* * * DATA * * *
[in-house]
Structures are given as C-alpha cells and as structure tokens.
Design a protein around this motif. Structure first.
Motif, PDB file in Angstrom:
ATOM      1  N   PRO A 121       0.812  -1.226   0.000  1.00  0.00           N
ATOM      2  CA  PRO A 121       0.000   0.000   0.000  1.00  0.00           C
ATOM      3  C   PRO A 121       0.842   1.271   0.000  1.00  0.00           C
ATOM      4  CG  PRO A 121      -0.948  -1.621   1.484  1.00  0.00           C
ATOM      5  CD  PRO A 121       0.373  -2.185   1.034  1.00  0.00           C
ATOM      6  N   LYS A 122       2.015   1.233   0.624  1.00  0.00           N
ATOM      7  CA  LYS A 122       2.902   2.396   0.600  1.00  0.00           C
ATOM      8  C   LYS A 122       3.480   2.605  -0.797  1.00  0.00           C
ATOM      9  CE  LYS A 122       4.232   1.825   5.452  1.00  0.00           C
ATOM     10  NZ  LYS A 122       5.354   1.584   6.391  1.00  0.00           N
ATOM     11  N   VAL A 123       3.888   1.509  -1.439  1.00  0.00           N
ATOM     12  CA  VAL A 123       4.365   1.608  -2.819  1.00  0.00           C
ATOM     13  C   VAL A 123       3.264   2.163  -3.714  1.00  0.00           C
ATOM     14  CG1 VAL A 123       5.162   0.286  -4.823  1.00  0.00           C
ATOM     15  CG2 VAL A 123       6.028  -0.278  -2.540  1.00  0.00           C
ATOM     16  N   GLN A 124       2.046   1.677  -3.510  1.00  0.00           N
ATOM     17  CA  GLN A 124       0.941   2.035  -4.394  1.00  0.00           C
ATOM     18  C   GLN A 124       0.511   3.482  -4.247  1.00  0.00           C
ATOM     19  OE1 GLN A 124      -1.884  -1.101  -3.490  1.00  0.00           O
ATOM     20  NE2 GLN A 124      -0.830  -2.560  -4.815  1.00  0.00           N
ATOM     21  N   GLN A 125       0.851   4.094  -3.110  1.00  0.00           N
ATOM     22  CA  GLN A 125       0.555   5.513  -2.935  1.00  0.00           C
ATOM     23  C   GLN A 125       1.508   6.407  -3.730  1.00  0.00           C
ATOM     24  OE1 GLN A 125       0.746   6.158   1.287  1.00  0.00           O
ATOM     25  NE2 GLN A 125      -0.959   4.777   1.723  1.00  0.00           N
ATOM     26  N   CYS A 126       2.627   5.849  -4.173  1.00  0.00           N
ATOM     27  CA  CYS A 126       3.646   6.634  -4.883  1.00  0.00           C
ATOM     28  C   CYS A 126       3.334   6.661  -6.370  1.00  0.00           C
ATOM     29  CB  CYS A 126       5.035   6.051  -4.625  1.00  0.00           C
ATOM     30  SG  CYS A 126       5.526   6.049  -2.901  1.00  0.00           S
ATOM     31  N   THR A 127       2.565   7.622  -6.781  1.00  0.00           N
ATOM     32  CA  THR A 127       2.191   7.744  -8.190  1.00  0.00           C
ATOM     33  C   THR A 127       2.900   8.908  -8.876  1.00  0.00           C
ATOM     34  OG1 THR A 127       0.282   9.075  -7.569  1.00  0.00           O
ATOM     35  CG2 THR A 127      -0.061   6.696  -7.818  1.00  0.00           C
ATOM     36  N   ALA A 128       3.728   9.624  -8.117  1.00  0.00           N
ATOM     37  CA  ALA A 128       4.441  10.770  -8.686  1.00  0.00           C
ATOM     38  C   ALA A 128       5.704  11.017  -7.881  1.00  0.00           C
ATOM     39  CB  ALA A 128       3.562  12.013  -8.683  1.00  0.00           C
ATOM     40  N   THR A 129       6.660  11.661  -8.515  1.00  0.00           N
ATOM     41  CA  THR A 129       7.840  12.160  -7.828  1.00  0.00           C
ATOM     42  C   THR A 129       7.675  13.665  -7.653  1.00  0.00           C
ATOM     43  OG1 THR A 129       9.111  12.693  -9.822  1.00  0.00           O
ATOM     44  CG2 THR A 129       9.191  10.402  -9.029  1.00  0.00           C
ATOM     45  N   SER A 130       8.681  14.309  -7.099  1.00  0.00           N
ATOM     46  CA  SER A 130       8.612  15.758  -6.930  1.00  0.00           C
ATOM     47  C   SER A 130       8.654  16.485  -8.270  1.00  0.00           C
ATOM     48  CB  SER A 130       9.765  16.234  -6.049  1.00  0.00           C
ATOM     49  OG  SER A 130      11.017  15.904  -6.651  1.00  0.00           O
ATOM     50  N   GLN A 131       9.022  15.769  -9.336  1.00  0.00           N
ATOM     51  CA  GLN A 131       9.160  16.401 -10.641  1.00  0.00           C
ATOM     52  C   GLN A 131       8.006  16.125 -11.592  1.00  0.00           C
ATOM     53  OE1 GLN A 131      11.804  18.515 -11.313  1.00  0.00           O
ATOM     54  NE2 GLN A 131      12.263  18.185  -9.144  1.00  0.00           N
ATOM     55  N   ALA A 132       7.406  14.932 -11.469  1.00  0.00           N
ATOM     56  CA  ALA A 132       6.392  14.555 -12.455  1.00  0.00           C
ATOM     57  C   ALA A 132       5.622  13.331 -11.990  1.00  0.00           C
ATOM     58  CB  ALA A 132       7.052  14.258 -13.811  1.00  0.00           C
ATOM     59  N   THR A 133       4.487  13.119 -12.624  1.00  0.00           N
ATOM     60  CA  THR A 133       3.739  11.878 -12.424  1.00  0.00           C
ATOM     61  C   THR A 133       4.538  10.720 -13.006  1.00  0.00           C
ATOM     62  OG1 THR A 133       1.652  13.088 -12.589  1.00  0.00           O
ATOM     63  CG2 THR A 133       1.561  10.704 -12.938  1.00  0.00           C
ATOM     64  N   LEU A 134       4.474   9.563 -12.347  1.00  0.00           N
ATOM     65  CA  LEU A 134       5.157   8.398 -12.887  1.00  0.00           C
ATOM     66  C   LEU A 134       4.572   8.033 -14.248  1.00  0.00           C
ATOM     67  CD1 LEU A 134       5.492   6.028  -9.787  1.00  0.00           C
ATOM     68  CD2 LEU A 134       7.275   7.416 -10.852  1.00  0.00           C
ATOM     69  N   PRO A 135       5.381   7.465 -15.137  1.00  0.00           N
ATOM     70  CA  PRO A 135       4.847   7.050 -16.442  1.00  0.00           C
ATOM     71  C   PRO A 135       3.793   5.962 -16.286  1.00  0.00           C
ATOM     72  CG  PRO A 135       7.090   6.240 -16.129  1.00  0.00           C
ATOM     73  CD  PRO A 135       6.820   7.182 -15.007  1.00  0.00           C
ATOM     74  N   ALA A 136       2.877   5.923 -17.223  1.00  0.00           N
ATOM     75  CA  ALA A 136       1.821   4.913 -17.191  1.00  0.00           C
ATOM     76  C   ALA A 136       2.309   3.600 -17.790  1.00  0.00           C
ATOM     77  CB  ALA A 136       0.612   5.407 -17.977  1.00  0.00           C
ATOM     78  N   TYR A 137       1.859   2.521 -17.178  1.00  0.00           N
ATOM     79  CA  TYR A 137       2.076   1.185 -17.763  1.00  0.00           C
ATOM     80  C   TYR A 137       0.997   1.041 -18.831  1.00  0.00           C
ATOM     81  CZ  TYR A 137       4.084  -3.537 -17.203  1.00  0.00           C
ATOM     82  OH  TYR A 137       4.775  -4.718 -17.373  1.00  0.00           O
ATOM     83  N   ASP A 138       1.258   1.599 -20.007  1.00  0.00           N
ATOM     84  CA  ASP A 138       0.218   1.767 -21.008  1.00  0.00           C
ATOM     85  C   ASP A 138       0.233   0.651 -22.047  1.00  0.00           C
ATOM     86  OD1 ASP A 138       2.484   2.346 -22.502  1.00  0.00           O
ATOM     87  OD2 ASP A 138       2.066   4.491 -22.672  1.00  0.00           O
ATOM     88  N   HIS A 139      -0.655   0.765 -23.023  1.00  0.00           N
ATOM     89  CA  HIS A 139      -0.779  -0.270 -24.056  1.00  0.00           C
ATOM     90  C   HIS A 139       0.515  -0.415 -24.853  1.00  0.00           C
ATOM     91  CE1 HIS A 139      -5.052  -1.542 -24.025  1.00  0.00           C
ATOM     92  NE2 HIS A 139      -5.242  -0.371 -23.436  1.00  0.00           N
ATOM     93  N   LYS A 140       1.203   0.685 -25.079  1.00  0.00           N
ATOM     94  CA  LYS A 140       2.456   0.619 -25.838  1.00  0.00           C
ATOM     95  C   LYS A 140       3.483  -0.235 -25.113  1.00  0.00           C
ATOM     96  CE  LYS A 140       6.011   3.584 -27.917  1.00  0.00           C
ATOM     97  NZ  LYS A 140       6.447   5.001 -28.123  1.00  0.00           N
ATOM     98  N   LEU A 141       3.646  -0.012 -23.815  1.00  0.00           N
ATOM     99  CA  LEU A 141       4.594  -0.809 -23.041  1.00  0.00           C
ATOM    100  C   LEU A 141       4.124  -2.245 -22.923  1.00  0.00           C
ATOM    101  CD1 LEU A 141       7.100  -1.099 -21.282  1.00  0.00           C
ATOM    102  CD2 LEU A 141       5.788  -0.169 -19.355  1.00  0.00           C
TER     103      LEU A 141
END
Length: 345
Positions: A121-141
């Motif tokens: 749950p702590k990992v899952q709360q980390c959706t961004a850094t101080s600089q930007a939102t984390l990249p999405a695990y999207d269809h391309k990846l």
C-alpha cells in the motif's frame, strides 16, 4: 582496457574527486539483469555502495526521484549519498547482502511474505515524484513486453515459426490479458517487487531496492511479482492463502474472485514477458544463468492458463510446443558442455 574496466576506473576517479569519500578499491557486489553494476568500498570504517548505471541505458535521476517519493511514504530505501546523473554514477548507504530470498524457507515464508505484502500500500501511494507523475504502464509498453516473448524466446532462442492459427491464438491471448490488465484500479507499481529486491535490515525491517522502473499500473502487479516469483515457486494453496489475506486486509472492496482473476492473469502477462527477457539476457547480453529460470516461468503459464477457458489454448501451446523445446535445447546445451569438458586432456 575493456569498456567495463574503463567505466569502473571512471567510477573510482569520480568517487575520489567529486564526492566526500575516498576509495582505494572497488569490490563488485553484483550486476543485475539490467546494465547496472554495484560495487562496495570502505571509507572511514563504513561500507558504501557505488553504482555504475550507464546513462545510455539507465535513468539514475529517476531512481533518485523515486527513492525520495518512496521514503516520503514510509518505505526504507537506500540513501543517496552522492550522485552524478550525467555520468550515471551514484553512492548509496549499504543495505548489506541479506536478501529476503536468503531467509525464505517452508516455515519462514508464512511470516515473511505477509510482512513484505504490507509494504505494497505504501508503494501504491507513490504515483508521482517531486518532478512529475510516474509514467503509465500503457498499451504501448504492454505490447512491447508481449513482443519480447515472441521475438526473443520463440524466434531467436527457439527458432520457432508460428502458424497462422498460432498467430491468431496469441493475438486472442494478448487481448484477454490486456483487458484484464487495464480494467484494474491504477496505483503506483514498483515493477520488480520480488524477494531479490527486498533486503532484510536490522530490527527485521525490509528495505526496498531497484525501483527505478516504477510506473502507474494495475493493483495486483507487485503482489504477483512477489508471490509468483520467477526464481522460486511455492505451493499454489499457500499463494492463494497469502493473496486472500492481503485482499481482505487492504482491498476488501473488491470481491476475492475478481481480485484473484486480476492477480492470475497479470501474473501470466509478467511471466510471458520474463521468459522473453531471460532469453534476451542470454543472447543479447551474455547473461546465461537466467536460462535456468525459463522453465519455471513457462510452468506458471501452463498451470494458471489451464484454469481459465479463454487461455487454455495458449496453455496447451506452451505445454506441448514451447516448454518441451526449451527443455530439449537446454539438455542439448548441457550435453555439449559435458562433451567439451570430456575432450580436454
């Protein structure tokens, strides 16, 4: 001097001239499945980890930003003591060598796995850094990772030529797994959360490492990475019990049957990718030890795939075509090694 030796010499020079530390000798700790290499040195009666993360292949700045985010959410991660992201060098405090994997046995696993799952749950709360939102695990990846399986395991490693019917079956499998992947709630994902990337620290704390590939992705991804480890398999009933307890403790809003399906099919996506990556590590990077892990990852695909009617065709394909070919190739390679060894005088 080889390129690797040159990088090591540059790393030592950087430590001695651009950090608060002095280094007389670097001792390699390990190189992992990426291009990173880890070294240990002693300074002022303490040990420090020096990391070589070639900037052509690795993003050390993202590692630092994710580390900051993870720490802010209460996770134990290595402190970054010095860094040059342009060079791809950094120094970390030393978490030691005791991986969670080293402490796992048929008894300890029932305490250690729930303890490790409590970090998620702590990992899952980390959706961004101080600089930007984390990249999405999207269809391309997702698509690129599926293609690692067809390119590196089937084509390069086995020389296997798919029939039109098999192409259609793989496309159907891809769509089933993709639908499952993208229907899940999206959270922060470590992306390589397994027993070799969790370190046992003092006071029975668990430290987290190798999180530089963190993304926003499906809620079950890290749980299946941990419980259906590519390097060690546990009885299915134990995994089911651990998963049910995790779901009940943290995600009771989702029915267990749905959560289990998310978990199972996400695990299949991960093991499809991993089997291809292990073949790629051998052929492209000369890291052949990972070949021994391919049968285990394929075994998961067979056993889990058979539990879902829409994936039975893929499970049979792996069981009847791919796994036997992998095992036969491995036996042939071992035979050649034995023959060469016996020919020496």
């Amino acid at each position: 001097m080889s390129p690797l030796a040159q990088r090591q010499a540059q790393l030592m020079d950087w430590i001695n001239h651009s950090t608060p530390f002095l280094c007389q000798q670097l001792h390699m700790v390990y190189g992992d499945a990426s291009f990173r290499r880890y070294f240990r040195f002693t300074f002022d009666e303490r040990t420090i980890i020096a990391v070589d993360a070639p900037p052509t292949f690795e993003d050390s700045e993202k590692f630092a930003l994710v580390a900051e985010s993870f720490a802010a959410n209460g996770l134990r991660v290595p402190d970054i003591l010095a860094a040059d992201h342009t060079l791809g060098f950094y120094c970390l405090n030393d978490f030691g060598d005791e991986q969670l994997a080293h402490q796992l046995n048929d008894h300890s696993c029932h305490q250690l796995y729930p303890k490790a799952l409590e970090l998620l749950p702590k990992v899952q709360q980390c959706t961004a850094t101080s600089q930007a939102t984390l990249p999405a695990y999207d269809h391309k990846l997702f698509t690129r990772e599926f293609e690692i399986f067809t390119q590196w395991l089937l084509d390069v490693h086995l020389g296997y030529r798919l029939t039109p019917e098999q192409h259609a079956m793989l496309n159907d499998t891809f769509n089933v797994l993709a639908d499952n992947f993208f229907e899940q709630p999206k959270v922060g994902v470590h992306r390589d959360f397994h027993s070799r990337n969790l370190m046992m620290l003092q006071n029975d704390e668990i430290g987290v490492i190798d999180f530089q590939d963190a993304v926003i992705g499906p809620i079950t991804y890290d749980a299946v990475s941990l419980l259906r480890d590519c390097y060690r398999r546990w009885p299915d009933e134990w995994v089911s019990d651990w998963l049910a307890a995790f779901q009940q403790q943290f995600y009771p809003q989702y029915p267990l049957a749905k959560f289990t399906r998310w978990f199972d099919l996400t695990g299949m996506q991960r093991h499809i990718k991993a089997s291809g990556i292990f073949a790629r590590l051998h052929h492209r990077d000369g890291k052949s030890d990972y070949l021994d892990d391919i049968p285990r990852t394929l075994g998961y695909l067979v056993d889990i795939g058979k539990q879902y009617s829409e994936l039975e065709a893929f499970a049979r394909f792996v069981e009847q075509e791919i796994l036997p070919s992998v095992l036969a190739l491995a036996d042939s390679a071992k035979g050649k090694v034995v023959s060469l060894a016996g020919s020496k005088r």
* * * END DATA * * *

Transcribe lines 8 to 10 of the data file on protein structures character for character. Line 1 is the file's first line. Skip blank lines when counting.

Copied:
ATOM      4  CG  PRO A 121      -0.948  -1.621   1.484  1.00  0.00           C
ATOM      5  CD  PRO A 121       0.373  -2.185   1.034  1.00  0.00           C
ATOM      6  N   LYS A 122       2.015   1.233   0.624  1.00  0.00           N